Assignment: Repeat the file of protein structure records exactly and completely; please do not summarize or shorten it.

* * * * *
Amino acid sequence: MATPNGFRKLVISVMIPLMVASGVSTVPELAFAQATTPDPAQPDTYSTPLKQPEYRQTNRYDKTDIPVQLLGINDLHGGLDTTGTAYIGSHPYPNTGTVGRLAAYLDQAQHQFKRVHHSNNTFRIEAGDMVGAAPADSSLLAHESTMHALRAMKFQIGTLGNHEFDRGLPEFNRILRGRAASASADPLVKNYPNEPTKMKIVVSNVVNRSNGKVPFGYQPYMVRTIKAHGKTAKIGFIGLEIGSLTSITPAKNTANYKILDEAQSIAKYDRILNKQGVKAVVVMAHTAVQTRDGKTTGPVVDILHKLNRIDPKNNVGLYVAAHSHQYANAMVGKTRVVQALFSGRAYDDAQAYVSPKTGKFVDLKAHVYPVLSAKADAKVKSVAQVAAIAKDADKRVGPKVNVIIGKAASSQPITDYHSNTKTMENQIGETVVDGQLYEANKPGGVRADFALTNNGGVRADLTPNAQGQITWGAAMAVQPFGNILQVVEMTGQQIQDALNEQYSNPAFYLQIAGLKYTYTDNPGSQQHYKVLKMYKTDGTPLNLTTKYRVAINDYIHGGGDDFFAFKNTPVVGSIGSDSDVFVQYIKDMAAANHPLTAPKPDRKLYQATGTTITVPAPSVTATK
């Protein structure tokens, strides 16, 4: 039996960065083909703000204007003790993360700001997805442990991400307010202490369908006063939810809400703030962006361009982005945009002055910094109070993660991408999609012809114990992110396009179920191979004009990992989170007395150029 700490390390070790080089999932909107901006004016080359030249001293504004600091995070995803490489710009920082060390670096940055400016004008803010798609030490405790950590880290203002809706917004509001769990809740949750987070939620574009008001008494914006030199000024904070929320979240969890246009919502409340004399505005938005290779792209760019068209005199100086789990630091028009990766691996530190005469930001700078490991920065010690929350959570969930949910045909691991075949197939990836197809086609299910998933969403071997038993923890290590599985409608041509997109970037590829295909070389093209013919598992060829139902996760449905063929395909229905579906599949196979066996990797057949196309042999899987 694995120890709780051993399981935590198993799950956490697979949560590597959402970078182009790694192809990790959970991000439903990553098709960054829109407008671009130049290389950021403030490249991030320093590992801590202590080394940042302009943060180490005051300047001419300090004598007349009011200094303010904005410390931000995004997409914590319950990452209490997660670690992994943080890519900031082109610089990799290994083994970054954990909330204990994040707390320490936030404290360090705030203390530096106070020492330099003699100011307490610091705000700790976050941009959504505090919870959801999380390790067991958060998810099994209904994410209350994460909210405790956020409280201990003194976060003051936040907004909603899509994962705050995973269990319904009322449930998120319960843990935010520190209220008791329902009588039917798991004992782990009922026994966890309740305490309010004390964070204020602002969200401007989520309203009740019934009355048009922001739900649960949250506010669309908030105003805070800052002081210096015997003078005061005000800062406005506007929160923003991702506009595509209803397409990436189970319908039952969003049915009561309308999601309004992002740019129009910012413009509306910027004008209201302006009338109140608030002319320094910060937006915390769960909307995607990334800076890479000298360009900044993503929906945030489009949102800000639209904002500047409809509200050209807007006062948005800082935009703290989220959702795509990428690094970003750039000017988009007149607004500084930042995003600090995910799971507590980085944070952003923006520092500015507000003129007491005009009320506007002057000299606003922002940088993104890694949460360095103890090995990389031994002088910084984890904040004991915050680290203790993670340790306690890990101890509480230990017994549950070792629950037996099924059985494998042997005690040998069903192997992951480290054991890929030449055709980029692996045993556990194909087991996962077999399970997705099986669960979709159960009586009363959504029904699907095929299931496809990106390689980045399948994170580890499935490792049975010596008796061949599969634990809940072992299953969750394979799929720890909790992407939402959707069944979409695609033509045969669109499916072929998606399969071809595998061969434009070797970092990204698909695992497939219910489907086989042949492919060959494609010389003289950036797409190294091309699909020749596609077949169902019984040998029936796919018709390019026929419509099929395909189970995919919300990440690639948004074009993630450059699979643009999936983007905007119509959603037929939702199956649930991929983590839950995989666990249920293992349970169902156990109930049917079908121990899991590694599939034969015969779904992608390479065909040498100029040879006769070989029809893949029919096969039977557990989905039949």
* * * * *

Amino acid sequence: MATPNGFRKLVISVMIPLMVASGVSTVPELAFAQATTPDPAQPDTYSTPLKQPEYRQTNRYDKTDIPVQLLGINDLHGGLDTTGTAYIGSHPYPNTGTVGRLAAYLDQAQHQFKRVHHSNNTFRIEAGDMVGAAPADSSLLAHESTMHALRAMKFQIGTLGNHEFDRGLPEFNRILRGRAASASADPLVKNYPNEPTKMKIVVSNVVNRSNGKVPFGYQPYMVRTIKAHGKTAKIGFIGLEIGSLTSITPAKNTANYKILDEAQSIAKYDRILNKQGVKAVVVMAHTAVQTRDGKTTGPVVDILHKLNRIDPKNNVGLYVAAHSHQYANAMVGKTRVVQALFSGRAYDDAQAYVSPKTGKFVDLKAHVYPVLSAKADAKVKSVAQVAAIAKDADKRVGPKVNVIIGKAASSQPITDYHSNTKTMENQIGETVVDGQLYEANKPGGVRADFALTNNGGVRADLTPNAQGQITWGAAMAVQPFGNILQVVEMTGQQIQDALNEQYSNPAFYLQIAGLKYTYTDNPGSQQHYKVLKMYKTDGTPLNLTTKYRVAINDYIHGGGDDFFAFKNTPVVGSIGSDSDVFVQYIKDMAAANHPLTAPKPDRKLYQATGTTITVPAPSVTATK
């Protein structure tokens, strides 16, 4: 039996960065083909703000204007003790993360700001997805442990991400307010202490369908006063939810809400703030962006361009982005945009002055910094109070993660991408999609012809114990992110396009179920191979004009990992989170007395150029 700490390390070790080089999932909107901006004016080359030249001293504004600091995070995803490489710009920082060390670096940055400016004008803010798609030490405790950590880290203002809706917004509001769990809740949750987070939620574009008001008494914006030199000024904070929320979240969890246009919502409340004399505005938005290779792209760019068209005199100086789990630091028009990766691996530190005469930001700078490991920065010690929350959570969930949910045909691991075949197939990836197809086609299910998933969403071997038993923890290590599985409608041509997109970037590829295909070389093209013919598992060829139902996760449905063929395909229905579906599949196979066996990797057949196309042999899987 694995120890709780051993399981935590198993799950956490697979949560590597959402970078182009790694192809990790959970991000439903990553098709960054829109407008671009130049290389950021403030490249991030320093590992801590202590080394940042302009943060180490005051300047001419300090004598007349009011200094303010904005410390931000995004997409914590319950990452209490997660670690992994943080890519900031082109610089990799290994083994970054954990909330204990994040707390320490936030404290360090705030203390530096106070020492330099003699100011307490610091705000700790976050941009959504505090919870959801999380390790067991958060998810099994209904994410209350994460909210405790956020409280201990003194976060003051936040907004909603899509994962705050995973269990319904009322449930998120319960843990935010520190209220008791329902009588039917798991004992782990009922026994966890309740305490309010004390964070204020602002969200401007989520309203009740019934009355048009922001739900649960949250506010669309908030105003805070800052002081210096015997003078005061005000800062406005506007929160923003991702506009595509209803397409990436189970319908039952969003049915009561309308999601309004992002740019129009910012413009509306910027004008209201302006009338109140608030002319320094910060937006915390769960909307995607990334800076890479000298360009900044993503929906945030489009949102800000639209904002500047409809509200050209807007006062948005800082935009703290989220959702795509990428690094970003750039000017988009007149607004500084930042995003600090995910799971507590980085944070952003923006520092500015507000003129007491005009009320506007002057000299606003922002940088993104890694949460360095103890090995990389031994002088910084984890904040004991915050680290203790993670340790306690890990101890509480230990017994549950070792629950037996099924059985494998042997005690040998069903192997992951480290054991890929030449055709980029692996045993556990194909087991996962077999399970997705099986669960979709159960009586009363959504029904699907095929299931496809990106390689980045399948994170580890499935490792049975010596008796061949599969634990809940072992299953969750394979799929720890909790992407939402959707069944979409695609033509045969669109499916072929998606399969071809595998061969434009070797970092990204698909695992497939219910489907086989042949492919060959494609010389003289950036797409190294091309699909020749596609077949169902019984040998029936796919018709390019026929419509099929395909189970995919919300990440690639948004074009993630450059699979643009999936983007905007119509959603037929939702199956649930991929983590839950995989666990249920293992349970169902156990109930049917079908121990899991590694599939034969015969779904992608390479065909040498100029040879006769070989029809893949029919096969039977557990989905039949």